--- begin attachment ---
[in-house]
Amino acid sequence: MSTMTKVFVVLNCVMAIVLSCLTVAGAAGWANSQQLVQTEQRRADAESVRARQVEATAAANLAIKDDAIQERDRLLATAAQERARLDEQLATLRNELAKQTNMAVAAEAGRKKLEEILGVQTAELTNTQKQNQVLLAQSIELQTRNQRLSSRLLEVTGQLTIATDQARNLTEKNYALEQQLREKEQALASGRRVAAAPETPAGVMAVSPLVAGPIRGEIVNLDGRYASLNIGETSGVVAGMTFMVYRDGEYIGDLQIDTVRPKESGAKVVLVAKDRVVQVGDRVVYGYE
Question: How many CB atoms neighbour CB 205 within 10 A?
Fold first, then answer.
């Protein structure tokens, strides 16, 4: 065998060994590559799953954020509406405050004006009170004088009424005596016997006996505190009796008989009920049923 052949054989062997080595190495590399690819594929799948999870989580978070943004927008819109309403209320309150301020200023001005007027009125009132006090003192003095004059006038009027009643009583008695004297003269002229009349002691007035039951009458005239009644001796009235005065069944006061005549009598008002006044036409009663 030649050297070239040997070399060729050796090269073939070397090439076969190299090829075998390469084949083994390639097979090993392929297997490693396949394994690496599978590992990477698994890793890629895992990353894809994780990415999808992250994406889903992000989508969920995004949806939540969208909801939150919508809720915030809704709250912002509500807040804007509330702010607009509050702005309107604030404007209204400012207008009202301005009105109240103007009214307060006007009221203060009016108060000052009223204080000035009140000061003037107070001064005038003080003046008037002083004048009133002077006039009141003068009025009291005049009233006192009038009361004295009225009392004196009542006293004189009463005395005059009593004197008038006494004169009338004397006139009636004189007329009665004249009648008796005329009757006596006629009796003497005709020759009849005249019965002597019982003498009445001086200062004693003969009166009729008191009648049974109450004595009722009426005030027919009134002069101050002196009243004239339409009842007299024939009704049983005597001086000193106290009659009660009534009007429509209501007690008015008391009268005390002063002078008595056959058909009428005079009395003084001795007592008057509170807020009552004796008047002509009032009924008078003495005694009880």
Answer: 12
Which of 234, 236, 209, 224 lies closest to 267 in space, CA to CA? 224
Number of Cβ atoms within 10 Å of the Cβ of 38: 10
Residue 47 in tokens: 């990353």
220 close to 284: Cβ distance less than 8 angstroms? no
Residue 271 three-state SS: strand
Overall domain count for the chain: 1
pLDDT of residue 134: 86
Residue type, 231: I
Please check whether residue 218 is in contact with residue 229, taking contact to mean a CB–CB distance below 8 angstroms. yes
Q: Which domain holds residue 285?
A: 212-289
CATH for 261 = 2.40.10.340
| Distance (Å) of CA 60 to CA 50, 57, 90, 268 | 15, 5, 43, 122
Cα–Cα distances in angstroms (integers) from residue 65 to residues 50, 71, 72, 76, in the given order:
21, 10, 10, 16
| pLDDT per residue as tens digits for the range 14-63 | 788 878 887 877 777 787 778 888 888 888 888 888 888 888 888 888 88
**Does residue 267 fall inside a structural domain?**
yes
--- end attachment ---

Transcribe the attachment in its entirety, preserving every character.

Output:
[in-house]
Amino acid sequence: MSTMTKVFVVLNCVMAIVLSCLTVAGAAGWANSQQLVQTEQRRADAESVRARQVEATAAANLAIKDDAIQERDRLLATAAQERARLDEQLATLRNELAKQTNMAVAAEAGRKKLEEILGVQTAELTNTQKQNQVLLAQSIELQTRNQRLSSRLLEVTGQLTIATDQARNLTEKNYALEQQLREKEQALASGRRVAAAPETPAGVMAVSPLVAGPIRGEIVNLDGRYASLNIGETSGVVAGMTFMVYRDGEYIGDLQIDTVRPKESGAKVVLVAKDRVVQVGDRVVYGYE
Question: How many CB atoms neighbour CB 205 within 10 A?
Fold first, then answer.
């Protein structure tokens, strides 16, 4: 065998060994590559799953954020509406405050004006009170004088009424005596016997006996505190009796008989009920049923 052949054989062997080595190495590399690819594929799948999870989580978070943004927008819109309403209320309150301020200023001005007027009125009132006090003192003095004059006038009027009643009583008695004297003269002229009349002691007035039951009458005239009644001796009235005065069944006061005549009598008002006044036409009663 030649050297070239040997070399060729050796090269073939070397090439076969190299090829075998390469084949083994390639097979090993392929297997490693396949394994690496599978590992990477698994890793890629895992990353894809994780990415999808992250994406889903992000989508969920995004949806939540969208909801939150919508809720915030809704709250912002509500807040804007509330702010607009509050702005309107604030404007209204400012207008009202301005009105109240103007009214307060006007009221203060009016108060000052009223204080000035009140000061003037107070001064005038003080003046008037002083004048009133002077006039009141003068009025009291005049009233006192009038009361004295009225009392004196009542006293004189009463005395005059009593004197008038006494004169009338004397006139009636004189007329009665004249009648008796005329009757006596006629009796003497005709020759009849005249019965002597019982003498009445001086200062004693003969009166009729008191009648049974109450004595009722009426005030027919009134002069101050002196009243004239339409009842007299024939009704049983005597001086000193106290009659009660009534009007429509209501007690008015008391009268005390002063002078008595056959058909009428005079009395003084001795007592008057509170807020009552004796008047002509009032009924008078003495005694009880």
Answer: 12
Which of 234, 236, 209, 224 lies closest to 267 in space, CA to CA? 224
Number of Cβ atoms within 10 Å of the Cβ of 38: 10
Residue 47 in tokens: 């990353």
220 close to 284: Cβ distance less than 8 angstroms? no
Residue 271 three-state SS: strand
Overall domain count for the chain: 1
pLDDT of residue 134: 86
Residue type, 231: I
Please check whether residue 218 is in contact with residue 229, taking contact to mean a CB–CB distance below 8 angstroms. yes
Q: Which domain holds residue 285?
A: 212-289
CATH for 261 = 2.40.10.340
| Distance (Å) of CA 60 to CA 50, 57, 90, 268 | 15, 5, 43, 122
Cα–Cα distances in angstroms (integers) from residue 65 to residues 50, 71, 72, 76, in the given order:
21, 10, 10, 16
| pLDDT per residue as tens digits for the range 14-63 | 788 878 887 877 777 787 778 888 888 888 888 888 888 888 888 888 88
**Does residue 267 fall inside a structural domain?**
yes